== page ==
Public sector employment falls to new low

16 Sep 15

Public sector employment fell to 5.4 million in the second quarter of the year, its lowest level since 1999 when records began.

This represented a fall of 16,000 from the first three months of the year, while public sector employment was down 59,000 over the last 12 moths.

The bulk of the fall was in local government, which lost 13,000 employees over the quarter. Local government employment was 2.3 million, the lowest since 1999.

In central government, employment was down only 1,000 over the quarter and was 2.9 million. Employment in UK public corporations was down 2,000 to 179,000.

Meanwhile, private sector employment was up 58,000 over the quarter.

In the wider economy, unemployment remained at 5.5% over the three months to July, unchanged from the preceding three-month period.

Today’s labour market statistics also show little change to the employment rate, which was at 73.5% over May-July, a post-crisis high.

The picture was improved on a year ago when unemployment was at 6.2% and employment at 72.8% over the same period.

However, the absolute number of people out of work rose in the May to July period by 10,000 to 1.82 million.

Compared to 2014, both total pay (which includes bonuses) and regular pay (which discounts bonuses) were up by 2.9%.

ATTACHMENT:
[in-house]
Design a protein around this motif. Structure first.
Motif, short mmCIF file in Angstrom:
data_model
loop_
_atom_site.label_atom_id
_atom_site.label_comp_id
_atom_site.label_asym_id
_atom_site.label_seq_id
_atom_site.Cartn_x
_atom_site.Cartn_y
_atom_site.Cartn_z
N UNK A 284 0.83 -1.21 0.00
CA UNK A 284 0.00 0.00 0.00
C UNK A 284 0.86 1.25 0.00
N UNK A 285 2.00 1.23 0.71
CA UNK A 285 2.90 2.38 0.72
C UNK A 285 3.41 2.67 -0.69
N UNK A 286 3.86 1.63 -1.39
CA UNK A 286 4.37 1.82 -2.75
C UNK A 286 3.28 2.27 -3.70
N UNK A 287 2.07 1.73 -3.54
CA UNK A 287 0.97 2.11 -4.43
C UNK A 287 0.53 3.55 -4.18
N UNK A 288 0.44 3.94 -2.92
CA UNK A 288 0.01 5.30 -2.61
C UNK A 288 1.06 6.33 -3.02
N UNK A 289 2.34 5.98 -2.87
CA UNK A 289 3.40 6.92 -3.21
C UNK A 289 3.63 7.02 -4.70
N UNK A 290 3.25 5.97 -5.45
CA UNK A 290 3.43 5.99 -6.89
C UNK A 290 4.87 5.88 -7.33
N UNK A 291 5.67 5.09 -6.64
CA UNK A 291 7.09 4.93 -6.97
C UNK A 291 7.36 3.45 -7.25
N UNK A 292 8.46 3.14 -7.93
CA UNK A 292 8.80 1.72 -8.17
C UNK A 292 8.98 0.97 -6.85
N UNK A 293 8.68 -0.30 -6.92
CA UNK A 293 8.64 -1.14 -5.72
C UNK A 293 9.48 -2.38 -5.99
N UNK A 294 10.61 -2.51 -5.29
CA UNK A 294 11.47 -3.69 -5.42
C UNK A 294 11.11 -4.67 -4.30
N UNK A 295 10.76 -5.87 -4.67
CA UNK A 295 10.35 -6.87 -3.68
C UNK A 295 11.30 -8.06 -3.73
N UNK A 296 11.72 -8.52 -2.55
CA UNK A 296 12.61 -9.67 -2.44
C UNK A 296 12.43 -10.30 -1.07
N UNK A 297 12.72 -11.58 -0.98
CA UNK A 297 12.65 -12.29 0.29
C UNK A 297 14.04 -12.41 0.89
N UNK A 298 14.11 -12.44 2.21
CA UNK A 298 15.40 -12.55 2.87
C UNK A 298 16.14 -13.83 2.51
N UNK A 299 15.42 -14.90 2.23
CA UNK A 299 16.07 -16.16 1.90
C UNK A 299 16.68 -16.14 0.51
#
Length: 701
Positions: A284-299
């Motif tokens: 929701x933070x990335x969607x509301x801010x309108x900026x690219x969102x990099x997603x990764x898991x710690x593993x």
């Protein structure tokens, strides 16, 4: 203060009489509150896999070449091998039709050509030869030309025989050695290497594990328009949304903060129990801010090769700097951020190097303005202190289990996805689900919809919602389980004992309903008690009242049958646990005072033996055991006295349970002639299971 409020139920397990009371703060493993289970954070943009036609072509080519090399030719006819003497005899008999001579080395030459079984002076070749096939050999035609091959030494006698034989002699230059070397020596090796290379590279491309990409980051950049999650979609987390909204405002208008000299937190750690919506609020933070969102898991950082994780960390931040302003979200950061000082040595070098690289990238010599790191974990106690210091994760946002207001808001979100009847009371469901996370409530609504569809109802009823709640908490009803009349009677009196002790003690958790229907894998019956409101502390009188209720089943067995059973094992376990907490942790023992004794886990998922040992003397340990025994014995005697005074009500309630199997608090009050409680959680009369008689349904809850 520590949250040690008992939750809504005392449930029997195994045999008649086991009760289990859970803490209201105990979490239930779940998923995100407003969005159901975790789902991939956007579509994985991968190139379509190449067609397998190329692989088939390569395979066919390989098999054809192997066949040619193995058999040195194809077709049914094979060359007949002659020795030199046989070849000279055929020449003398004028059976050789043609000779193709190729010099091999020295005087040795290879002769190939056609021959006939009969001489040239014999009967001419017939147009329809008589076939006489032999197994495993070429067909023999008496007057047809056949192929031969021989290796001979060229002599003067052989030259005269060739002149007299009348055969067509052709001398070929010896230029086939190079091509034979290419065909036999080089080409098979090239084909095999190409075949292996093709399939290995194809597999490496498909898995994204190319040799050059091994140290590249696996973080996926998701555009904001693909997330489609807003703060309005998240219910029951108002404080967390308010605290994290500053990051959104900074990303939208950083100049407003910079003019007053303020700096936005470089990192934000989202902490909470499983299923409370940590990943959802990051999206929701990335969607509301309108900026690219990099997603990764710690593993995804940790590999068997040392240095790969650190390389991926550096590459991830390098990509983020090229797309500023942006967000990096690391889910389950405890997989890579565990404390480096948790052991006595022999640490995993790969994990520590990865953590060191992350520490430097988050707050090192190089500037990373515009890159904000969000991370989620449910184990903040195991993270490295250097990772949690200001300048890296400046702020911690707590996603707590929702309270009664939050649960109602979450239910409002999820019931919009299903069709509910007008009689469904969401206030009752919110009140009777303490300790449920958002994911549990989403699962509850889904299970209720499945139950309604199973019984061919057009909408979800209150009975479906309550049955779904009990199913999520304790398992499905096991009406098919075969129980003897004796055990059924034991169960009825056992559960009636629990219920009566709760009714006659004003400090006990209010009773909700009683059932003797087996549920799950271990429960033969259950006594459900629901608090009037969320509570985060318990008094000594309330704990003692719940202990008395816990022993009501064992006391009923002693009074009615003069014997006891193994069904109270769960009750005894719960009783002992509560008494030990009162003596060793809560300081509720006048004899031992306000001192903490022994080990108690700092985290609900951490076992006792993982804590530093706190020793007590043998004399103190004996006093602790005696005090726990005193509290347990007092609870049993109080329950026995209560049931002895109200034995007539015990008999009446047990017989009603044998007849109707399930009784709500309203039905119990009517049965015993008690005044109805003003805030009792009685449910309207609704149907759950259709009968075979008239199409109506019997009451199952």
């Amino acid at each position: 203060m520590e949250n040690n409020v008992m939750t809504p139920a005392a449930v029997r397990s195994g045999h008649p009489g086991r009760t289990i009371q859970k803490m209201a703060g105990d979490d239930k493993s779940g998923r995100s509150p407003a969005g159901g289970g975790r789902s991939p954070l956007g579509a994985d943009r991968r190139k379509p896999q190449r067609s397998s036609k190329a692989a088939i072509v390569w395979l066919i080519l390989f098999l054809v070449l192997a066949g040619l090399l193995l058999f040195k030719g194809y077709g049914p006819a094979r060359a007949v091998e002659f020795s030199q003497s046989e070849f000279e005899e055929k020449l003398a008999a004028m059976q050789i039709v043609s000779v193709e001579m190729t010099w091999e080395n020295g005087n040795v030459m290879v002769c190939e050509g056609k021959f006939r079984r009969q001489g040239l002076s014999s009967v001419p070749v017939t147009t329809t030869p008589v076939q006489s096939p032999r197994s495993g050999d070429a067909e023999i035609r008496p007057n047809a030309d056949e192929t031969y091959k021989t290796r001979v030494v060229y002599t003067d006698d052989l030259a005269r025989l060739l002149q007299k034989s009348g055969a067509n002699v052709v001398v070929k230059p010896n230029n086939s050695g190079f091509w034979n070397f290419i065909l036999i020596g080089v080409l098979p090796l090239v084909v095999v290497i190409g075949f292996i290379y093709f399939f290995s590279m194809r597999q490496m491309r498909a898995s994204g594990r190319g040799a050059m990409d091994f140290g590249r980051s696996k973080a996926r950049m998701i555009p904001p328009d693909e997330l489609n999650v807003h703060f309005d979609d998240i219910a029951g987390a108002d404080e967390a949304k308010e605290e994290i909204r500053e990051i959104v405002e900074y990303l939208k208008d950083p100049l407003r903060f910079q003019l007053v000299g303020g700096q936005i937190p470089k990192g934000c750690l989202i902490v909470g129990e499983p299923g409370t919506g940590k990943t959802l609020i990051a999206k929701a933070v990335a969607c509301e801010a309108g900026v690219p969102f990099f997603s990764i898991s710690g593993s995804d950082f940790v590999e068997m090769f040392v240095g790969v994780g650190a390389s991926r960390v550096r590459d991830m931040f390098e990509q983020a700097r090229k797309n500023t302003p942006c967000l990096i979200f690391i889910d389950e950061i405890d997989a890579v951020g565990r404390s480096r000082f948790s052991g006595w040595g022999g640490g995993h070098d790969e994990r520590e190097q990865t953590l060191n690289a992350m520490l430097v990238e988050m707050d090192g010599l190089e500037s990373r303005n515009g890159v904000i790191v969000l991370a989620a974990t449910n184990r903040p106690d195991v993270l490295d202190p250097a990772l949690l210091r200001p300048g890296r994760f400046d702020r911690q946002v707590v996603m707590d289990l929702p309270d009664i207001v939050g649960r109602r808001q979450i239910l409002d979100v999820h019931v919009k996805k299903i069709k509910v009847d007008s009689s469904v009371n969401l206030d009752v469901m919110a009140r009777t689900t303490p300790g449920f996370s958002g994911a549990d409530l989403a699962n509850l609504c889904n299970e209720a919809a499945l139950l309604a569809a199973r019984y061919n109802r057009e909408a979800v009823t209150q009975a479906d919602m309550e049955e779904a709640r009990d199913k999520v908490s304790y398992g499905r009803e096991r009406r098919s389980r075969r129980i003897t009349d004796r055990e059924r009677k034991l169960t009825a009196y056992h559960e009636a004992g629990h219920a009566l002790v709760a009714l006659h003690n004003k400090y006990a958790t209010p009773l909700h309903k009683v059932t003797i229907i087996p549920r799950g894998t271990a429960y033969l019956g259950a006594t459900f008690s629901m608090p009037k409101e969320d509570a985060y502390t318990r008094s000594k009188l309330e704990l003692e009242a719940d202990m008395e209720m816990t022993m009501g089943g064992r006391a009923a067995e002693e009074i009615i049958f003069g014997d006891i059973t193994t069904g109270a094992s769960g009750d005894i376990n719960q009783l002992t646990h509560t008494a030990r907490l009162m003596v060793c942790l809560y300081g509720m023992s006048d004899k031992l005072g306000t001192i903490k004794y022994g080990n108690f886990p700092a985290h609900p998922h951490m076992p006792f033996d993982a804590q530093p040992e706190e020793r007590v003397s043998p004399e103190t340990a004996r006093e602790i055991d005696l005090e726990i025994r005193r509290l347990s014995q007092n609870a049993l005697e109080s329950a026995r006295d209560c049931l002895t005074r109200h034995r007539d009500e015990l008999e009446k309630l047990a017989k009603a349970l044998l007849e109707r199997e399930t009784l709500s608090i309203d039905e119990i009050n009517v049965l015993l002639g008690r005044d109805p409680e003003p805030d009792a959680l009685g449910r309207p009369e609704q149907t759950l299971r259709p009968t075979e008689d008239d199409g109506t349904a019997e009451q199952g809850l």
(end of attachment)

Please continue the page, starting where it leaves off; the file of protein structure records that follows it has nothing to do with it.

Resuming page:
The Department for Work and Pensions highlighted that almost 90% of the rise in employment had been from full-time vacancies, while pay had experienced the fastest annual rise since 2002.

Employment minister Priti Patel said: “With a record number of people working in the private sector and wages rising, it is clear that the remarkable jobs success that we have seen under this government is continuing.”

Commenting on the figures, Matthew Whittaker, chief economist at the Resolution Foundation said the boosts to employment and pay were “hugely welcome”.

But he added: “Every month of above-trend pay growth helps to close the earnings gap that opened up over the course of the six-year pay squeeze. But ultra-low inflation – while proving a boon to workers in the short-term – is doing too much of the work.

“Even if the current pace of real wage growth is maintained – by no means a given with nominal pay growth remaining subdued – average earnings won’t return to their pre-crisis peak until 2017. As inflation starts to pick up again, we may find that the current period of catch-up earnings growth proves all too short lived, meaning that pay recovery will take longer still.”

But he warned of likely recruitment and retention problems in the public sector where earnings growth has been constrained by the government’s pay cap policy – a trend that was likely to continue.

Public sector recruitment “could prove to be one of the key challenges facing the government in the next five years” Whittaker said.

Yesterday the Office for National Statistics announced the Consumer Prices Index measure of inflation had fallen back to 0.0% in August, down from 0.1% in July.

  • Vivienne Russell

    Vivienne Russell is managing editor of Public Finance magazine and

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